The great work of your life, by Stephen Cope

I finished listening to this book 10 days ago. I liked this book a lot while listening to it. Now, I am having second thoughts.

The book uses the Bhagavad Gita (a 700-verse Hindu scripture dated to the second century BCE) as a source/starting point to dispense advice about how to have a fulfilling life and career.

The Gita is a dialogue between Krishna and Arjuna right before the start of the climactic Kurukshetra War in the Hindu epic Mahabharata. Two massive armies have gathered to destroy the other. The Pandava prince Arjuna asks his charioteer Krishna to drive to the center of the battlefield so that he can get a good look at both the armies and all those "so eager for war". He sees that some among his enemies are his own relatives, beloved friends, and revered teachers. He does not want to fight to kill them and is thus filled with doubt and despair on the battlefield. He drops his bow, wonders if he should renounce and just leave the battlefield. He turns to his charioteer and guide Krishna, for advice on the rationale for war, his choices and the right thing to do. The Bhagavad Gita is the compilation of Arjuna's questions and moral dilemma, Krishna's answers and insights that elaborate on a variety of philosophical concepts. The compiled dialogue goes far beyond the "a rationale for war", it touches on many human ethical dilemmas, philosophical issues and life's choices. According to Flood and Martin, the Gita though set in the war context in a major epic, the narrative is structured for the abstract to all situations; it wrestles with questions about "who we are, how we should live our lives, and how should we act in the world". According to Sargeant, it delves into questions about the "purpose of life, crisis of self-identity, human soul, human temperaments, and ways for spiritual quest".
It is not those who lack energy
nor those who refrain from action,
but those who work without expecting reward
who attain the goal of meditation,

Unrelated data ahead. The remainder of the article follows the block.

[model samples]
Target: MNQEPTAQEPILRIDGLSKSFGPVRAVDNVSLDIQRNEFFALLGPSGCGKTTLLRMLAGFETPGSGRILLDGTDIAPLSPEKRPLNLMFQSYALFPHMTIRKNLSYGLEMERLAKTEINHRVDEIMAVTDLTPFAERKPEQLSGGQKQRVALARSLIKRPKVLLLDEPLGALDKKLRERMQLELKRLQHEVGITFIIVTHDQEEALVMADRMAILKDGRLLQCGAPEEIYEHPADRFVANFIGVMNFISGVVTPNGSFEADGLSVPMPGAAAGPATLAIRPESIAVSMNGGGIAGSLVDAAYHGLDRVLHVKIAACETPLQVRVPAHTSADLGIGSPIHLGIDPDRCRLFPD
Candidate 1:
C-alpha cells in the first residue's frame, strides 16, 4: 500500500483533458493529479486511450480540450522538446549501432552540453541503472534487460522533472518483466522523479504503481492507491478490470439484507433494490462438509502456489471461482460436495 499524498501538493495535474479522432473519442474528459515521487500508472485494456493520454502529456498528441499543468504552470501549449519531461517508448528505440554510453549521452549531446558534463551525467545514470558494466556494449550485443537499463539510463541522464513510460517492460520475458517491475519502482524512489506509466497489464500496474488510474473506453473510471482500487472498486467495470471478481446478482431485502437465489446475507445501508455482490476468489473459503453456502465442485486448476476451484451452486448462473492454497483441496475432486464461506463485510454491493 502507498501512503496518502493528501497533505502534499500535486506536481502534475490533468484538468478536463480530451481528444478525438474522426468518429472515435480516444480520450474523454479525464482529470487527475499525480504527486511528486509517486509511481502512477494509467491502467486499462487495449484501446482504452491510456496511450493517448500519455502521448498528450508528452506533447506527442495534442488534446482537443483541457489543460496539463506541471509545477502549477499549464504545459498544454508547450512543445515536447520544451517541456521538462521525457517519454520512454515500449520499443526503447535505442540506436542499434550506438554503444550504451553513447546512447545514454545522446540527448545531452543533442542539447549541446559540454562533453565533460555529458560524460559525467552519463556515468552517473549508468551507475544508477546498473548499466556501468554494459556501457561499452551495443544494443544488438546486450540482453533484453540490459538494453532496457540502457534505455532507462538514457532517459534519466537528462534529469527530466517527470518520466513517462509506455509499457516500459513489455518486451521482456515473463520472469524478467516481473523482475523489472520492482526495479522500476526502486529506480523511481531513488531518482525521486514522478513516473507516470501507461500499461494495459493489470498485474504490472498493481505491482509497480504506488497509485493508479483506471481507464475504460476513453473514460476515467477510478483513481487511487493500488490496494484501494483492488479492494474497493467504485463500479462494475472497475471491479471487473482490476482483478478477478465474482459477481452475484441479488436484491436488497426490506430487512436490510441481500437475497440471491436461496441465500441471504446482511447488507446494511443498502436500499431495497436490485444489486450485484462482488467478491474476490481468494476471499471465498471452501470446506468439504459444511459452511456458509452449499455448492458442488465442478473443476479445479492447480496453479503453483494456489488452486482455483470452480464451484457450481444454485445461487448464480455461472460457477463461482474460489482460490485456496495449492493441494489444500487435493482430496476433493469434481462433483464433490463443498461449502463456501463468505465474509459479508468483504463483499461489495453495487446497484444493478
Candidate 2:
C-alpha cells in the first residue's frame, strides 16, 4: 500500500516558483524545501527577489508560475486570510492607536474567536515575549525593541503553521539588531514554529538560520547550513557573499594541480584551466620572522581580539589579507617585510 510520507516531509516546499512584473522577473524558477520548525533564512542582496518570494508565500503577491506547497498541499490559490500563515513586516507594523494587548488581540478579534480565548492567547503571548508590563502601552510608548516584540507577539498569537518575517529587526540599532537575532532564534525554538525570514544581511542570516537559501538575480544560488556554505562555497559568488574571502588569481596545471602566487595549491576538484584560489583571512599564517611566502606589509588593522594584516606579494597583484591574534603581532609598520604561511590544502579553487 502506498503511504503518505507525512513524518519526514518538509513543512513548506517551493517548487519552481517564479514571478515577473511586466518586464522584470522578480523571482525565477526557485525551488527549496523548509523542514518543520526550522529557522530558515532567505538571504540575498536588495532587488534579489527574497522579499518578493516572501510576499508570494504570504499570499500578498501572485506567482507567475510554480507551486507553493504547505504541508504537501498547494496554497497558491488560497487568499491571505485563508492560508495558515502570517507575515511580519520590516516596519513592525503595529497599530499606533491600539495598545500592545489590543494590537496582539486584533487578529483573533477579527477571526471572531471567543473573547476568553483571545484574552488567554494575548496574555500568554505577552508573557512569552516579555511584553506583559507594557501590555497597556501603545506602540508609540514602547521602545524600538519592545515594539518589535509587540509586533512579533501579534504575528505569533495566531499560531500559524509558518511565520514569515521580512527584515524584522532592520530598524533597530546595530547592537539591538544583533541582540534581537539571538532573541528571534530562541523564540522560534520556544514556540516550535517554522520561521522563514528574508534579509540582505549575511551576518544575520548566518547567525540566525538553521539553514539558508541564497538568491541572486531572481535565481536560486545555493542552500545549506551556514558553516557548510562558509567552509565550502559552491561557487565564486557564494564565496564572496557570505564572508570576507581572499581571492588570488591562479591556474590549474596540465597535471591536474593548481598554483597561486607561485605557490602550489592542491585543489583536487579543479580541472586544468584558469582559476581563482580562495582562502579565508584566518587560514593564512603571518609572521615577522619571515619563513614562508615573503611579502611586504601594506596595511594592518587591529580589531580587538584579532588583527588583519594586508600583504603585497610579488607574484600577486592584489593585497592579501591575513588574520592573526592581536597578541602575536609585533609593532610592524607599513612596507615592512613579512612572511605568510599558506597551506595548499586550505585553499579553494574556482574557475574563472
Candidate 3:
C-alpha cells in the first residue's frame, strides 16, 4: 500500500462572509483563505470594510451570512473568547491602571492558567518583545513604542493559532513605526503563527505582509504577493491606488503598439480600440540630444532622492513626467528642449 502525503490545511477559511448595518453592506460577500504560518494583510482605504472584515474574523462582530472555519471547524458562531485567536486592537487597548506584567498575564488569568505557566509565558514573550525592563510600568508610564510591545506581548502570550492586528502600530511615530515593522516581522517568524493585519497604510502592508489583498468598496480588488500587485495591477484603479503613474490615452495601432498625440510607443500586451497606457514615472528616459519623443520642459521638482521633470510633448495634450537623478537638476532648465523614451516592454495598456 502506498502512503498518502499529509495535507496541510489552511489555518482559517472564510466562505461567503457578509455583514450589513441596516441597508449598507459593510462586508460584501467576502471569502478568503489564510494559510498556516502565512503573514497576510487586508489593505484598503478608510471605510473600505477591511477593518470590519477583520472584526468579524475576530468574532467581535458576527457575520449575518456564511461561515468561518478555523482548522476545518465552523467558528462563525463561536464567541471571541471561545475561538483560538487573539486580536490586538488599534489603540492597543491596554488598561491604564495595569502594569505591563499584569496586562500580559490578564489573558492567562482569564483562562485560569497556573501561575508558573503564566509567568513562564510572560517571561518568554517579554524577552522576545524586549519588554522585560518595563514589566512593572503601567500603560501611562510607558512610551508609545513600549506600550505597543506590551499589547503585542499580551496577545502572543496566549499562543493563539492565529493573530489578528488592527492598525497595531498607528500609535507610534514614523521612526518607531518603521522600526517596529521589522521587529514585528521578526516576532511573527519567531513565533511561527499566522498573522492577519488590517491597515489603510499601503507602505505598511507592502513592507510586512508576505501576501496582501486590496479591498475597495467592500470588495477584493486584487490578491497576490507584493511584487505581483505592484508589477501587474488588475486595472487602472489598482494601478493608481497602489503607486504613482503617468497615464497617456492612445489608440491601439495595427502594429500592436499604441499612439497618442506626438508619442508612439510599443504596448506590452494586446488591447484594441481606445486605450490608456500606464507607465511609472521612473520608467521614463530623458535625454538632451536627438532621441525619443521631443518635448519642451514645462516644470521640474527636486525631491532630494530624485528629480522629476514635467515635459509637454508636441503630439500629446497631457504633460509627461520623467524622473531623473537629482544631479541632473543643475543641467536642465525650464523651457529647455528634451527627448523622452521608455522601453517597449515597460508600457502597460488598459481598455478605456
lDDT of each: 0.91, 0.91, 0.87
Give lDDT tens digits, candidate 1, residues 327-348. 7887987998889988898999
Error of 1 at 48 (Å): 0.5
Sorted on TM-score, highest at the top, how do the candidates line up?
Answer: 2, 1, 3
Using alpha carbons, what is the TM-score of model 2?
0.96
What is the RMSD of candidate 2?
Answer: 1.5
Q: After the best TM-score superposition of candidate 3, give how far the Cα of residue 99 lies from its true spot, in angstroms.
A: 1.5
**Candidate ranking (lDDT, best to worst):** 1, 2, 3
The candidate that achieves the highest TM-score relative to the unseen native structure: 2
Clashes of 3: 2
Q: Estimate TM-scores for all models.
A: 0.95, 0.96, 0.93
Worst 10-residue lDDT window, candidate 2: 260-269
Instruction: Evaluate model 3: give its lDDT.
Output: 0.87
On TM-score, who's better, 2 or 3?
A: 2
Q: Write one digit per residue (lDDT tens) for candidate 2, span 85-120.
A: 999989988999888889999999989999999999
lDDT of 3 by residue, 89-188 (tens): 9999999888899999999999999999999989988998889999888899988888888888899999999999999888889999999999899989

Theirs is true renunciation.
Gita 6.1
The book has an introduction describing Krishna's counsel on the field of the battle, followed by four big chapters. Each chapter comprised of sections that cover biographies of great people.
  1. Look to your Dharma (Jane Goodall, Henry David Thoreau, Walt Whitman)
  2. Do it full out (Robert Frost, Susan B. Anthony, Camille Corot)
  3. Let go of the fruits (John Keats, Marion Woodman, Beethoven)
  4. Turn it over to God (Harriet Tubman, Mohandas Gandhi)
Since Stephen Cope is English major, writers and poets seem to get more detailed treatment. I enjoyed Mohandes Ghandi's and Harriet Tubman's sections the most. Thoreau's section was also very enjoyable. If you read Deep Work by Calvin Newport, you may recall that Thoreau also got a lot of coverage there. I think Van Gogh would have been a great example to cover in this book, but the book covered Corot, which is also good.

So what did I learn?

One downside of the book is that it is very long. By tradition the book industry wants the books to have around 300 pages, or around 80,000 words. But come on. It is hard to believe that any  book topic requires 300 pages. I don't think I got 300 pages worth of information from each book. Books make a single point, and they can make it in less than 300 pages. Isn't brevity better?

At the end of 80,000 words, and looking back to the book 10 days later, what did I learn? What is the central thesis of the book? What is the main premise?